In 2017, the second-most hated phrase in America was “fake news” according to a survey conducted by The Marist Poll. It came second only to “whatever.”

We have Pope Francis to thank for the blurb on the front page.

“I think the media have to be very clear, very transparent, and not fall into – no offense intended – the sickness of coprophilia, that is, always wanting to cover scandals, covering nasty things, even if they are true,” he said. “A lot of damage can be done.”

Coprophilia is the sexual fixation on fecal matter, and given the state of news information and the way we consume it today, I don’t think we can fault the leader of the Catholic church for using such terminology.

The state of disinformation our world finds itself in, I think, can be attributed quite easily to the Internet and our newfound interconnectivity, and perhaps the general inclination to believe things we hear the first time.

Entire communities exist online though that can strengthen and support ideas that are objectively and universally accepted as wrong or unproven.

Let us examine perhaps the 21st century’s most glaring example, which also happens to have been the 5th century’s hot-button issue: the “supposed” roundness of the earth.

If this is the first time you are hearing of this issue, I would like to express my deepest condolences for opening your eyes to the strangest, most absurd controversy you will hear this year.

A rapidly growing number of people are taking hold of the idea that the Earth we are living on is, in fact, flat, as our enlightened ancestors of hundreds of years ago believed.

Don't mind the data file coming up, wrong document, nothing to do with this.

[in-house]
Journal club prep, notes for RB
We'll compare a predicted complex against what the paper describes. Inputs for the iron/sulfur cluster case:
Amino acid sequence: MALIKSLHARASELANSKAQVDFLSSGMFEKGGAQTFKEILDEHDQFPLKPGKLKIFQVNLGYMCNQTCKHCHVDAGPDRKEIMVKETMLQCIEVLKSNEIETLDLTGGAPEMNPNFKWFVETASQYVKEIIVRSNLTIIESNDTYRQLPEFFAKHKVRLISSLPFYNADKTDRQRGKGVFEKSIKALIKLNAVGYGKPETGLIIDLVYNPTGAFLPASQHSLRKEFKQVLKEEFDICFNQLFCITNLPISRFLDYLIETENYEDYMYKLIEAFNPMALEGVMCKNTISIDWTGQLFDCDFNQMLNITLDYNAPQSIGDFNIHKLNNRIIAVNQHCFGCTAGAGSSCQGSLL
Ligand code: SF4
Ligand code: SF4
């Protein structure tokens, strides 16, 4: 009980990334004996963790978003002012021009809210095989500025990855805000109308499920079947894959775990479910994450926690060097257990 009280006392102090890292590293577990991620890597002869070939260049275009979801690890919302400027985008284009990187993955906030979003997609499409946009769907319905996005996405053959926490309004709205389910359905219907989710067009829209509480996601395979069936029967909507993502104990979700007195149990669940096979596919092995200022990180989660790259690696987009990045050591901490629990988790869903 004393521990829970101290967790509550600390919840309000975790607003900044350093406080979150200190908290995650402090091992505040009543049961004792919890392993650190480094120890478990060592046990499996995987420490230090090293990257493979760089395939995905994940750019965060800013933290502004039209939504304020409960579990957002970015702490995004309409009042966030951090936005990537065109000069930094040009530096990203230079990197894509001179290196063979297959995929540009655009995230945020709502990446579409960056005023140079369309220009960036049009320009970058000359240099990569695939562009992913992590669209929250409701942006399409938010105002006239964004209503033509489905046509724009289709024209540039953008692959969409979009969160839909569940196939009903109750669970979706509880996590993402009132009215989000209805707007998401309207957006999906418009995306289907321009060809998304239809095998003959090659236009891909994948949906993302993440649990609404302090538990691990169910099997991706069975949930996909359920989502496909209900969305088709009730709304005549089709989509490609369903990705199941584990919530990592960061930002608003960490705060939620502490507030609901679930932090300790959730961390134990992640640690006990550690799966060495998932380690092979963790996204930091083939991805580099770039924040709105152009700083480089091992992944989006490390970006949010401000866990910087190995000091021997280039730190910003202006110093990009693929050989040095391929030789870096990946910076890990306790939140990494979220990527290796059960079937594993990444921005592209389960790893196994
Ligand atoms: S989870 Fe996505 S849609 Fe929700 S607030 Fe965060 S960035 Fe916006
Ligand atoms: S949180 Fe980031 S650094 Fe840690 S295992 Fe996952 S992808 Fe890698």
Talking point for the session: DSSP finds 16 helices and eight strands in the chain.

As a reminder, these ancestors’ greatest hits include: feeding people to lions for entertainment, burning supposed witches at stake, and, thanks to Roman propaganda, believing their emperor was also a literal god! Good times, right?

The way that the current flat earth movement claims that we are on a flat earth with none of the 50 space agencies, both privately and publicly funded, world governments, and International Space Station knowing about it is because we are being lied to by these entities.

The reason for such a conspiracy? No one knows.

I sought help with this conundrum in the form of three Vol State professors: Charles Hicks, associate professor of biology; Dr. Clark Hutton, chair of philosophy; and Dr. Philip Clifford.

I asked these gentlemen how people could be deluded into believing something like the flat earth hypothesis.

“Set out to prove something, and you’ll find a way. Set out to disprove something, and you may fail,” Clifford said.

If it can’t be disproven, Clifford put forth, it is a tautology, an idea that supports itself.

Everyone had this one guy that said the sky was falling. I called this person the village idiot.

“Now they have their own village,” Hutton said.

“They’re no longer isolated,” Hicks said, “they have a platform.”